Appellate Division Affirms Municipal Court Jurisdiction to Impose Spill Act Penalties

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On November 13, 2019, the Appellate Division held that the New Jersey Department of Environmental Protection (“NJDEP”) can bring claims against responsible parties in municipal courts. See, State of New Jersey Department of Environmental Protection v. Alsol Corporation. The New Jersey Spill Compensation and Control Act, N.J.S.A. 58:10-23.11 et seq. (the “Spill Act”) provides that any person who violates a provision of the Spill Act or who fails to pay a civil administrative penalty will be subject to a civil penalty not to exceed $50,000 per day for each violation and that “any penalty incurred under this subsection may be recovered with costs in a summary proceeding… in the Superior Court or a municipal court.” This case involved a summons filed by the NJDEP against Alsol Corporation in municipal court for failure to remediate a property. The Milltown Municipal Court, in response to Alsol’s motion to dismiss, dismissed the summons, finding that there was no subject matter jurisdiction and that municipal courts could only enforce civil penalties where a finding of liability had already been adjudicated. The NJDEP appealed the municipal court decision to the Law Division, which determined that the municipal court does have jurisdiction to impose civil penalties under the Spill Act. The Appellate Division ultimately held, on different grounds from that of the Law Division, that municipal courts have jurisdiction under the Spill Act to impose civil penalties in a summary proceeding.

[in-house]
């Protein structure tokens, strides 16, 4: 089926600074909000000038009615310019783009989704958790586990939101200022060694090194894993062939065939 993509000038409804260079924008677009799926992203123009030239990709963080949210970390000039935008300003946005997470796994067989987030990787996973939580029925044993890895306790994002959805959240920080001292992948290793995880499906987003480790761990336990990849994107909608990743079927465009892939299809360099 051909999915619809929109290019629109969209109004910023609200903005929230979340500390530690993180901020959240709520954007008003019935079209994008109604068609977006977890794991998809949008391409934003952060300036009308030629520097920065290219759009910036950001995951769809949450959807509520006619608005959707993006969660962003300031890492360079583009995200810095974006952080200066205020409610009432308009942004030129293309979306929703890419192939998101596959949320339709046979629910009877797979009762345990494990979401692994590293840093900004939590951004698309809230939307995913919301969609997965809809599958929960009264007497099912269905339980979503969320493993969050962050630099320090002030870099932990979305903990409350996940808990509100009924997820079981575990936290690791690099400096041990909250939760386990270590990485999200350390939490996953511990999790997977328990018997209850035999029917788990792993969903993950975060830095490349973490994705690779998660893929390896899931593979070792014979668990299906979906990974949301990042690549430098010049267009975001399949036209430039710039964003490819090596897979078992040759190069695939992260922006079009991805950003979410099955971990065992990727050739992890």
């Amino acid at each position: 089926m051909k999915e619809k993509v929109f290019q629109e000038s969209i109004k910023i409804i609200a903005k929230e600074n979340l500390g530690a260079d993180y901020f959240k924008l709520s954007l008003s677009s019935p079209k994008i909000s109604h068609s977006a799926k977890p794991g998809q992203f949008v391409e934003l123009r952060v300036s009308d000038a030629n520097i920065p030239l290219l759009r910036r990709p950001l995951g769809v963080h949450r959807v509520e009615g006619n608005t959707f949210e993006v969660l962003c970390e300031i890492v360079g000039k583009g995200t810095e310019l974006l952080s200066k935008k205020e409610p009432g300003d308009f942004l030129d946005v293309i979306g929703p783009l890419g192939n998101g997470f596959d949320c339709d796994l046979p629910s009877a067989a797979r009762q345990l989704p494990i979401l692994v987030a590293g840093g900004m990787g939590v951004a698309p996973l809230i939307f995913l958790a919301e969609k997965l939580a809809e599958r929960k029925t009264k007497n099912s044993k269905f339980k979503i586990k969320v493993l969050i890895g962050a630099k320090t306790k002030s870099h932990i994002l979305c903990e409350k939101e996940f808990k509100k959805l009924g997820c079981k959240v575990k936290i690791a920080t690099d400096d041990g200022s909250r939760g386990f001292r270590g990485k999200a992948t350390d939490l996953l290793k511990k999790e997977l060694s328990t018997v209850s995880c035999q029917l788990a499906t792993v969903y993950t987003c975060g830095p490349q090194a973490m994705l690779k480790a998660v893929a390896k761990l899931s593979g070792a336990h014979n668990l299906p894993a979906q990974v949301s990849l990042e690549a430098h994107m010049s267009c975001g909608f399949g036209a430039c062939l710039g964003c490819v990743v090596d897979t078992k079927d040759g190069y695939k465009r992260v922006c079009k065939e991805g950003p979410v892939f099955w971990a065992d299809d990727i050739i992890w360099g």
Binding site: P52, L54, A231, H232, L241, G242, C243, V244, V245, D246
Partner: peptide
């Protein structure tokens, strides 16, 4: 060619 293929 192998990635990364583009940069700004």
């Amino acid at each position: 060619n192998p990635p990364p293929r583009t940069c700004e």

The Appellate Division held that the plain reading of the Spill Act authorizes NJDEP to bring a penalty enforcement action against someone in violation of the Spill Act, a court order, or who fails to pay a civil administrative penalty in municipal courts. Judge Fuentes continued that the Supreme Court endorsed such an approach in Rule 7:2-1(h) by “making this type of summary action cognizable in the municipal courts using the special summons the DEP used here.”

The NJDEP has recently been filing these types of actions in the municipal courts. All property owners and responsible parties should be aware and take these types of summons as seriously as a Complaint in the Superior Court.

Related Practices:   Environmental and Land Use

Related Attorney:   Lindsay P. Cambron

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